Figure 2. Old and new views of the evolution of prokaryote genomes. (A) 20th Century biologists sometimes assumed a close congruence between gene history and species history. Horizontal gene transfer was assumed to be uncommon, as the process of genes entering a new genome is counter to the idea of a sleek and well adapted genome. (B) After analyzing the genomes of many prokaryotes, biologists recognized that horizontal gene transfer may be a common event. Furthermore, prokaryote species trees may be viewed as a patchwork of gene trees with varying levels of congruence. A similarly hierarchical view of eukaryote evolution has been articulated by Maddison , except that differential coalescent times – usually not horizontal transfer – is the primary mechanism used to explain incongruence of gene and species trees.
And in the response to reviews:
2. Rose and Oakley bring up the newly apparent prevalence of horizontal gene transfer as one of the major blows to the 20th century perspective in biology. This is, certainly, true, but I think the discussion in the paper stops short of really driving the nail down. The real issue is that, when fully conceptualized, extensive HGT undermines the very notion of the Tree of Life (the TOL paradigm) which, certainly, is a big part of the Modern Synthesis (as well as the classical, Darwinian foundation of biology). Simply put, although trees are crucial in depicting certain phases and aspects of life's history, there is no TOL as such, i.e, evolution of life cannot be presented as a tree, so Darwin's famous simile fails as an overarching generalization. The demise of the TOL paradigm is covered in several recent papers [91,92]. Again, this is related to the problem of "eukaryotic chauvinism": the tree pattern might hold for the evolution of the major divisions of eukaryotes (although not necessarily for all eukaryotes taken together) but, certainly, not for prokaryotes, let alone the entire history of life.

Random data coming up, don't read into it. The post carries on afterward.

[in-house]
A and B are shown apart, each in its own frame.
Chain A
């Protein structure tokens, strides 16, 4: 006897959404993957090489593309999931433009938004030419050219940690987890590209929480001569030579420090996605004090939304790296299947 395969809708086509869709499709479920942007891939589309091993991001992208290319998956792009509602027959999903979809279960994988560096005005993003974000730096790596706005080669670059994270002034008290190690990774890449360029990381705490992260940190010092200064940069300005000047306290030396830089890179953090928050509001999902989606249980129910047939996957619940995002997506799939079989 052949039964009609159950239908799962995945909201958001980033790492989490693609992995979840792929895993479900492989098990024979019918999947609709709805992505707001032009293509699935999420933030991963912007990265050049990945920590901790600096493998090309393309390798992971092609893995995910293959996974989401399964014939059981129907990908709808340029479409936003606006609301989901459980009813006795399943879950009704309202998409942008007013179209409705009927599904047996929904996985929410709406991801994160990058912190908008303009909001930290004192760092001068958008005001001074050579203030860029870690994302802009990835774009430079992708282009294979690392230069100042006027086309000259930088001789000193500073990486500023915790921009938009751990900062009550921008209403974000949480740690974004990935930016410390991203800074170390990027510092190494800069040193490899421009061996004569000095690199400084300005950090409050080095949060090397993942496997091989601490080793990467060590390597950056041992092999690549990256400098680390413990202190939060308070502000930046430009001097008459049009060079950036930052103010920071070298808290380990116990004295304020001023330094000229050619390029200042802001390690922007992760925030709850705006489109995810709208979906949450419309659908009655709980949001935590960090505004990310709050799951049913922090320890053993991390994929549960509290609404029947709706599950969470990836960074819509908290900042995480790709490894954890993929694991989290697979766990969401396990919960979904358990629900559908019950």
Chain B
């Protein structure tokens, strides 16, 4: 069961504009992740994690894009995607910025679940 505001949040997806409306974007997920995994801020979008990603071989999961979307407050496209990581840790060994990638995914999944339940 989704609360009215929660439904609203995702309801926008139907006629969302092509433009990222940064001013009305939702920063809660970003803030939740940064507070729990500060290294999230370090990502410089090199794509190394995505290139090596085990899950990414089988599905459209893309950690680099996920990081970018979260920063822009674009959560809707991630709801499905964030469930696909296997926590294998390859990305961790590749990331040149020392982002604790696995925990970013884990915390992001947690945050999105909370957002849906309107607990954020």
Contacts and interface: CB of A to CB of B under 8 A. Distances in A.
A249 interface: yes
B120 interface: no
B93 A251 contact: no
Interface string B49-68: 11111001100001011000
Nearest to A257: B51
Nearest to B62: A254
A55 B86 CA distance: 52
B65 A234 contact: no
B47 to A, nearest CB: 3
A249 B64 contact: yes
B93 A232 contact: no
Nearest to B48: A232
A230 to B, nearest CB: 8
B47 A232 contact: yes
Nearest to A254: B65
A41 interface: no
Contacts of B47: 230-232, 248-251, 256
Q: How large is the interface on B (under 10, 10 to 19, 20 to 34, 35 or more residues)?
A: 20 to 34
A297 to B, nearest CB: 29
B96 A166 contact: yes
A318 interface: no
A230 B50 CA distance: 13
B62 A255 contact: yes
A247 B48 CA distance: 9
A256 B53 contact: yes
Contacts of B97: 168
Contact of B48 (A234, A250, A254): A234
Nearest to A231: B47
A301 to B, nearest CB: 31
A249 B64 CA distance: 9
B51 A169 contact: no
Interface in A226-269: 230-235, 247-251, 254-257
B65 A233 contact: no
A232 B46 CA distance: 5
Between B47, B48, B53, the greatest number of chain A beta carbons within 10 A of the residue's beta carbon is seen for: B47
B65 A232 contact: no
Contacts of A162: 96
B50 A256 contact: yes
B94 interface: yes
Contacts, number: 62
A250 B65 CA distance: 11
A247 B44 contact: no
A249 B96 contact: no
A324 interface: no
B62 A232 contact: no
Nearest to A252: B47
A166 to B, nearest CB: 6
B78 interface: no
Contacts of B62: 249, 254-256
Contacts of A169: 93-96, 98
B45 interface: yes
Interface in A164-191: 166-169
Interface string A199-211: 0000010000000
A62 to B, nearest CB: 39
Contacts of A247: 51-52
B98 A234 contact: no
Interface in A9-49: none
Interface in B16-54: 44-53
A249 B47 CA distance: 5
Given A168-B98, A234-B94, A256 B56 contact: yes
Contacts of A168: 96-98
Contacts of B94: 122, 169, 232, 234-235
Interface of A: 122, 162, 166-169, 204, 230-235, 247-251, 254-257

Authors response – Here we disagree with Dr. Koonin. HGT does not necessarily undermine Darwin's "Tree of Life" completely, even though in post-Modernist biology this Tree of Life is much more complex. Today's Tree of Life, as Dr. Koonin points out, is different from what Darwin envisaged, in that it is multi-dimensional – branching histories characterize in a complex way multiple levels of organization, not just the species level. Further, as discussed in the article, HGT is not the only blow to a two-dimensional tree; paralogy, endosymbiosis and lineage sorting also contribute to a new, highly multi-dimensional view of evolutionary history.
This emerging understanding of the trees of life is pluralistic, encompassing the branching history of biological units at all different levels of organization . The evolutionary histories of units at different levels (gene domains, genes, species, etc) are not always congruent with each other, yet there are still branching histories that characterize each of these levels. Branching history is a pattern that results from well known mechanisms including exon shuffling, gene duplication, genome duplication (polyploidy), co-option, speciation, and vicariance of multiple species. HGT is one example of a mechanism that causes branching histories at different levels of organization to be incongruent. It clearly points out the failed assumption that the history of components is congruent with the history of the higher level unit to which it belongs. Nevertheless, this assumption can be used as a valuable null model to understand macroevolutionary patterns and processes . As we discussed in this article, the species was usually seen as the durable unit driving branching at all levels, but the existence of multiple evolutionary levels and mechanisms violates this assumption.
Processes to split biological units pervade all levels of the biological hierarchy. Protein domains duplicate within genomes and may be "horizontally transferred" from one gene to another. Genes may form units of synteny or operons, but individual genes may also be copied from one part of the genome to another or from one genome to another, independently of the rest of a synteny unit or operon. Whole chromosomes and whole genomes may also duplicate by various mechanisms. All these processes create the new tree of life. But that tree is a postmodern tree, rich in complexity. Components coalesce to form units with a congruent path for a time, only to be broken up. There is no reason to provide anti-intellectual, anti-evolutionists with quotes like "The Darwinian paradigm is dead", because this complexity only enhances Darwin's most profound insight – the universal common ancestry of life.